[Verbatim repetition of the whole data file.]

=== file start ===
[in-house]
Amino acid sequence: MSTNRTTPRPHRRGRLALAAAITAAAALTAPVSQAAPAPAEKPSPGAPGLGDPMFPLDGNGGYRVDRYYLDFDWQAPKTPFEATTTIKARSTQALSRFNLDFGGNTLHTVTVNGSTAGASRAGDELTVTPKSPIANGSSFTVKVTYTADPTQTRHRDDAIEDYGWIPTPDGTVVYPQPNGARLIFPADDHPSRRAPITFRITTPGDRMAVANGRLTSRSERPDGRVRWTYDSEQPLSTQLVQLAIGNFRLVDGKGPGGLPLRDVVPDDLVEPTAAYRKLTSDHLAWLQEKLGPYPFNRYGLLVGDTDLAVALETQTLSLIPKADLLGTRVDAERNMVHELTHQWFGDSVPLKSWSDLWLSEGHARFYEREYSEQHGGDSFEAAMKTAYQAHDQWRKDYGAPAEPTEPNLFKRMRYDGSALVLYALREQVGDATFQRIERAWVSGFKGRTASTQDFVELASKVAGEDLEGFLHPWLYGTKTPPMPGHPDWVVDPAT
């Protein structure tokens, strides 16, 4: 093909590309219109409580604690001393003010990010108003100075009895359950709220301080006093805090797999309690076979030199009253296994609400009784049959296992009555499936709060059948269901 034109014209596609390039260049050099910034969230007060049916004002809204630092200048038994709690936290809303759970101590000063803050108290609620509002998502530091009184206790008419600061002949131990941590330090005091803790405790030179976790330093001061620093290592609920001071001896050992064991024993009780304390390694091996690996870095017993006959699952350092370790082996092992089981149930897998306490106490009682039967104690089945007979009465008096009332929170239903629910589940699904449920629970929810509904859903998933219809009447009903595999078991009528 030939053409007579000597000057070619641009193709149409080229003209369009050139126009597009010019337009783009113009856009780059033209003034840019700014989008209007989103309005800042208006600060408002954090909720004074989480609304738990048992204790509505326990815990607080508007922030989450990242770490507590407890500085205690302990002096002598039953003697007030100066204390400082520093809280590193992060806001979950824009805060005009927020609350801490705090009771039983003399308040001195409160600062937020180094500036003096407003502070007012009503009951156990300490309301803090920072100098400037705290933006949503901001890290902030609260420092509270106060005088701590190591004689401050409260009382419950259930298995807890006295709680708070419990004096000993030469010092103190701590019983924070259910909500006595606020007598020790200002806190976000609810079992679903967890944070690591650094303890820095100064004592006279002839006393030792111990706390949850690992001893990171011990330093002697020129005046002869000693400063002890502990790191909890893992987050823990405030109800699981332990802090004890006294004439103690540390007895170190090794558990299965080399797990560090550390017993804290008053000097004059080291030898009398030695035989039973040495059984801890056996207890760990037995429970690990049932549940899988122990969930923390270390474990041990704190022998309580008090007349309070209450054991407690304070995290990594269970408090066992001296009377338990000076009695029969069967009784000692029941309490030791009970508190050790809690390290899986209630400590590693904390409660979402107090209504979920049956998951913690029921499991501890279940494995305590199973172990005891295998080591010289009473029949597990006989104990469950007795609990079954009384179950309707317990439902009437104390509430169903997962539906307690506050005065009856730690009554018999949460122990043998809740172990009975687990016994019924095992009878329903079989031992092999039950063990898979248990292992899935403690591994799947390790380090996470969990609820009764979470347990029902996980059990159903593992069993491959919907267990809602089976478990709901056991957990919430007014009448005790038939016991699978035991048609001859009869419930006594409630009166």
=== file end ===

[in-house]
Amino acid sequence: MSTNRTTPRPHRRGRLALAAAITAAAALTAPVSQAAPAPAEKPSPGAPGLGDPMFPLDGNGGYRVDRYYLDFDWQAPKTPFEATTTIKARSTQALSRFNLDFGGNTLHTVTVNGSTAGASRAGDELTVTPKSPIANGSSFTVKVTYTADPTQTRHRDDAIEDYGWIPTPDGTVVYPQPNGARLIFPADDHPSRRAPITFRITTPGDRMAVANGRLTSRSERPDGRVRWTYDSEQPLSTQLVQLAIGNFRLVDGKGPGGLPLRDVVPDDLVEPTAAYRKLTSDHLAWLQEKLGPYPFNRYGLLVGDTDLAVALETQTLSLIPKADLLGTRVDAERNMVHELTHQWFGDSVPLKSWSDLWLSEGHARFYEREYSEQHGGDSFEAAMKTAYQAHDQWRKDYGAPAEPTEPNLFKRMRYDGSALVLYALREQVGDATFQRIERAWVSGFKGRTASTQDFVELASKVAGEDLEGFLHPWLYGTKTPPMPGHPDWVVDPAT
């Protein structure tokens, strides 16, 4: 093909590309219109409580604690001393003010990010108003100075009895359950709220301080006093805090797999309690076979030199009253296994609400009784049959296992009555499936709060059948269901 034109014209596609390039260049050099910034969230007060049916004002809204630092200048038994709690936290809303759970101590000063803050108290609620509002998502530091009184206790008419600061002949131990941590330090005091803790405790030179976790330093001061620093290592609920001071001896050992064991024993009780304390390694091996690996870095017993006959699952350092370790082996092992089981149930897998306490106490009682039967104690089945007979009465008096009332929170239903629910589940699904449920629970929810509904859903998933219809009447009903595999078991009528 030939053409007579000597000057070619641009193709149409080229003209369009050139126009597009010019337009783009113009856009780059033209003034840019700014989008209007989103309005800042208006600060408002954090909720004074989480609304738990048992204790509505326990815990607080508007922030989450990242770490507590407890500085205690302990002096002598039953003697007030100066204390400082520093809280590193992060806001979950824009805060005009927020609350801490705090009771039983003399308040001195409160600062937020180094500036003096407003502070007012009503009951156990300490309301803090920072100098400037705290933006949503901001890290902030609260420092509270106060005088701590190591004689401050409260009382419950259930298995807890006295709680708070419990004096000993030469010092103190701590019983924070259910909500006595606020007598020790200002806190976000609810079992679903967890944070690591650094303890820095100064004592006279002839006393030792111990706390949850690992001893990171011990330093002697020129005046002869000693400063002890502990790191909890893992987050823990405030109800699981332990802090004890006294004439103690540390007895170190090794558990299965080399797990560090550390017993804290008053000097004059080291030898009398030695035989039973040495059984801890056996207890760990037995429970690990049932549940899988122990969930923390270390474990041990704190022998309580008090007349309070209450054991407690304070995290990594269970408090066992001296009377338990000076009695029969069967009784000692029941309490030791009970508190050790809690390290899986209630400590590693904390409660979402107090209504979920049956998951913690029921499991501890279940494995305590199973172990005891295998080591010289009473029949597990006989104990469950007795609990079954009384179950309707317990439902009437104390509430169903997962539906307690506050005065009856730690009554018999949460122990043998809740172990009975687990016994019924095992009878329903079989031992092999039950063990898979248990292992899935403690591994799947390790380090996470969990609820009764979470347990029902996980059990159903593992069993491959919907267990809602089976478990709901056991957990919430007014009448005790038939016991699978035991048609001859009869419930006594409630009166």